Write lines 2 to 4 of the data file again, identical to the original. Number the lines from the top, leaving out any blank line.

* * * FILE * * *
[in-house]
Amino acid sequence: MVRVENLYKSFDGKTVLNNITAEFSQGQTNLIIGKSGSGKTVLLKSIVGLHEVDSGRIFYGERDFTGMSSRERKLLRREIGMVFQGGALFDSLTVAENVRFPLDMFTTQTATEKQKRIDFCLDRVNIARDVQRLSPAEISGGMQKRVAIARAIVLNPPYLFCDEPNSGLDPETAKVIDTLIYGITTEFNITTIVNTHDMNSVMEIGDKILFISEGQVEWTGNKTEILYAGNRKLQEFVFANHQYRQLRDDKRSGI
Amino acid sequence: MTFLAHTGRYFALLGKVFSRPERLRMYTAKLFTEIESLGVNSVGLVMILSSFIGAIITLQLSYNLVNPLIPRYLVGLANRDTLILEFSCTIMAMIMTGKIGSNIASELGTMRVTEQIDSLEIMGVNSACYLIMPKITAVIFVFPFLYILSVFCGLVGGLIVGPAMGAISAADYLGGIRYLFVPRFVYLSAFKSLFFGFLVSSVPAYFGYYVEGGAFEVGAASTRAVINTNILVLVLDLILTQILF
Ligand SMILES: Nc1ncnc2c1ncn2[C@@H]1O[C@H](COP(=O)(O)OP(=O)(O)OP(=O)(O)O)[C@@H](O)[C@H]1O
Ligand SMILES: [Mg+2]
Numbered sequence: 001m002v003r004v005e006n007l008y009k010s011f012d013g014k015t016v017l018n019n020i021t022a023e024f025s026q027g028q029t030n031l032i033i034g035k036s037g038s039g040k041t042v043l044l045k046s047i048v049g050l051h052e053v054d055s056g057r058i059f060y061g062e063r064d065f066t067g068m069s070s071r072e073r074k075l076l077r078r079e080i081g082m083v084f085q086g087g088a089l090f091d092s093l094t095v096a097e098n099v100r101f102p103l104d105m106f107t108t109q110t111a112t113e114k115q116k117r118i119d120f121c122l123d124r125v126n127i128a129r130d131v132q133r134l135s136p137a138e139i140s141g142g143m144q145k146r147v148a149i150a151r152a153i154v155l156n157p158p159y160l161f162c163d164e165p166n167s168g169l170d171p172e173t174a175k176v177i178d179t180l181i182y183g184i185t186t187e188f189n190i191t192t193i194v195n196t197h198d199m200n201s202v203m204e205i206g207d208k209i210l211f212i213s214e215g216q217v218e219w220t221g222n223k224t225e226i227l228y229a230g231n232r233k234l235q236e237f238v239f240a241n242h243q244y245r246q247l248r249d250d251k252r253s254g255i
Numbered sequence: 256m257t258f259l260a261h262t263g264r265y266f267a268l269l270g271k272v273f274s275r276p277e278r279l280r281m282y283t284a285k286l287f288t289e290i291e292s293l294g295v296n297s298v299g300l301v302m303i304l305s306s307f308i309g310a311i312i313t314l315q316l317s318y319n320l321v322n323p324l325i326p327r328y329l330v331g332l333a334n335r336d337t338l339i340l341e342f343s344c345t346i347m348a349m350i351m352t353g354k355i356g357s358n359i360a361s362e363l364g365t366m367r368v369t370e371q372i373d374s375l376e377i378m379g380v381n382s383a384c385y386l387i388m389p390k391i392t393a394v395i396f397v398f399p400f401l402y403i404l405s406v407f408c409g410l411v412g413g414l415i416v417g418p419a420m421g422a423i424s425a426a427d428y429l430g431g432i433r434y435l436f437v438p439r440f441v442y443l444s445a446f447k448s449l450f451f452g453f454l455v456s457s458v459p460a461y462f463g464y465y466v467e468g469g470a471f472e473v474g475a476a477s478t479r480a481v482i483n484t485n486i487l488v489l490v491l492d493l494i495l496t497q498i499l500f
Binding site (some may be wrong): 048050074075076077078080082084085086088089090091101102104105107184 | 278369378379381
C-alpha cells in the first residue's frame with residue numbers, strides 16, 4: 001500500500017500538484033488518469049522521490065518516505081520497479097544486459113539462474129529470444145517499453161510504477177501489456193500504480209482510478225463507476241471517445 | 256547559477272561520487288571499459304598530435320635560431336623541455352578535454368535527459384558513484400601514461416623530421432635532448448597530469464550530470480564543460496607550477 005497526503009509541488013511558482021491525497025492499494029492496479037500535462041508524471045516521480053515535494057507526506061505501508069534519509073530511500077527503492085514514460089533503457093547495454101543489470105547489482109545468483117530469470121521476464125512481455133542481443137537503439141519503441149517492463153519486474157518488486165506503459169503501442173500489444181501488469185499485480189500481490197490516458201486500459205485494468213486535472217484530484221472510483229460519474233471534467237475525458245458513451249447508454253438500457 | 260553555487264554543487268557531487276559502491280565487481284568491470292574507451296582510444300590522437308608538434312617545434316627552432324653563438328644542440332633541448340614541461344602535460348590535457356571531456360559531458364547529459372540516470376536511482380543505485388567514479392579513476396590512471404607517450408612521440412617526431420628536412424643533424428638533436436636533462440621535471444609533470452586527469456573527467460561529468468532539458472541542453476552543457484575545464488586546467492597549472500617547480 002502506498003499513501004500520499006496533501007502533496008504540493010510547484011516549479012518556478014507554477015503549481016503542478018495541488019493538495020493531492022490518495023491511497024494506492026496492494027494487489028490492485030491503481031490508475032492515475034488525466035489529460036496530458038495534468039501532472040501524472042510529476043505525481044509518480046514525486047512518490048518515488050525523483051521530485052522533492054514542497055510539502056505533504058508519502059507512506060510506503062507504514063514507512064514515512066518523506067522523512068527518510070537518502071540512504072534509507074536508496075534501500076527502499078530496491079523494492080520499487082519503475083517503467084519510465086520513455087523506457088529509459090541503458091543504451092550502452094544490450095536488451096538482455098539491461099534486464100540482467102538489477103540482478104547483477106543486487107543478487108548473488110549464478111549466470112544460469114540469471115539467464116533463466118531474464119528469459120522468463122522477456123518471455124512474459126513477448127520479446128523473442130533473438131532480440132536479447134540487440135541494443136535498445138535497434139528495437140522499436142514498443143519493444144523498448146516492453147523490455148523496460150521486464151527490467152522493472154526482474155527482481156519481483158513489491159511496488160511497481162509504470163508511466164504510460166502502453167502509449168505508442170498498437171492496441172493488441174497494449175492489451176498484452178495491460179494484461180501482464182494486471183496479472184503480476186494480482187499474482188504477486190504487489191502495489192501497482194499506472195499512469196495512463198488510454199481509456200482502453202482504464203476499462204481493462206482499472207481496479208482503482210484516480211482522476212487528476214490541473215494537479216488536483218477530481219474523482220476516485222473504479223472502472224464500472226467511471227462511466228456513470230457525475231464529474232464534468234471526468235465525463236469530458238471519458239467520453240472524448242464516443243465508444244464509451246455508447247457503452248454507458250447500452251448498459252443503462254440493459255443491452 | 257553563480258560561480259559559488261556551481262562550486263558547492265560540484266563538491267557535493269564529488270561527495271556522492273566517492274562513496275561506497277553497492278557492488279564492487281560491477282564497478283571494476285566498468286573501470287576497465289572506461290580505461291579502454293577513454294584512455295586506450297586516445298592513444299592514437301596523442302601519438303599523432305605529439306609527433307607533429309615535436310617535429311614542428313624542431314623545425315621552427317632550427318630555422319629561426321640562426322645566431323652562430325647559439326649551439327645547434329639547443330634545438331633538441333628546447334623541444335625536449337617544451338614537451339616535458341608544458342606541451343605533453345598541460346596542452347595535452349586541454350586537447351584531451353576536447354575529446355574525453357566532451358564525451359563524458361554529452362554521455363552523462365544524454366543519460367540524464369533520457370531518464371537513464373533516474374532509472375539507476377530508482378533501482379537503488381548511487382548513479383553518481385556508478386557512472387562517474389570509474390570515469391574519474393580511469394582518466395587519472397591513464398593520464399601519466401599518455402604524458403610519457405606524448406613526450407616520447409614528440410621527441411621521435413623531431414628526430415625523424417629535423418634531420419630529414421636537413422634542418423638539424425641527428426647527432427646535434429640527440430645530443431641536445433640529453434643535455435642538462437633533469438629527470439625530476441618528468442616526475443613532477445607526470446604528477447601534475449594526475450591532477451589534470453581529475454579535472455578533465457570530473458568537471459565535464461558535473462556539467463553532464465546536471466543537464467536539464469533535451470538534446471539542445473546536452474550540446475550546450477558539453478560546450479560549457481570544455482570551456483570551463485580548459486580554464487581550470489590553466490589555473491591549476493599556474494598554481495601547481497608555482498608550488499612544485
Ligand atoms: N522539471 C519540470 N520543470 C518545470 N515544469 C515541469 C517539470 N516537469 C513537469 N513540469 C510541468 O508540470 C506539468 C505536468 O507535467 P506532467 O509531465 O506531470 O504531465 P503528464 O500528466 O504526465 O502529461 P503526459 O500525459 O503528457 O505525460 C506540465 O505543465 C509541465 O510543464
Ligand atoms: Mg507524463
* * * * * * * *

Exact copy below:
Amino acid sequence: MVRVENLYKSFDGKTVLNNITAEFSQGQTNLIIGKSGSGKTVLLKSIVGLHEVDSGRIFYGERDFTGMSSRERKLLRREIGMVFQGGALFDSLTVAENVRFPLDMFTTQTATEKQKRIDFCLDRVNIARDVQRLSPAEISGGMQKRVAIARAIVLNPPYLFCDEPNSGLDPETAKVIDTLIYGITTEFNITTIVNTHDMNSVMEIGDKILFISEGQVEWTGNKTEILYAGNRKLQEFVFANHQYRQLRDDKRSGI
Amino acid sequence: MTFLAHTGRYFALLGKVFSRPERLRMYTAKLFTEIESLGVNSVGLVMILSSFIGAIITLQLSYNLVNPLIPRYLVGLANRDTLILEFSCTIMAMIMTGKIGSNIASELGTMRVTEQIDSLEIMGVNSACYLIMPKITAVIFVFPFLYILSVFCGLVGGLIVGPAMGAISAADYLGGIRYLFVPRFVYLSAFKSLFFGFLVSSVPAYFGYYVEGGAFEVGAASTRAVINTNILVLVLDLILTQILF
Ligand SMILES: Nc1ncnc2c1ncn2[C@@H]1O[C@H](COP(=O)(O)OP(=O)(O)OP(=O)(O)O)[C@@H](O)[C@H]1O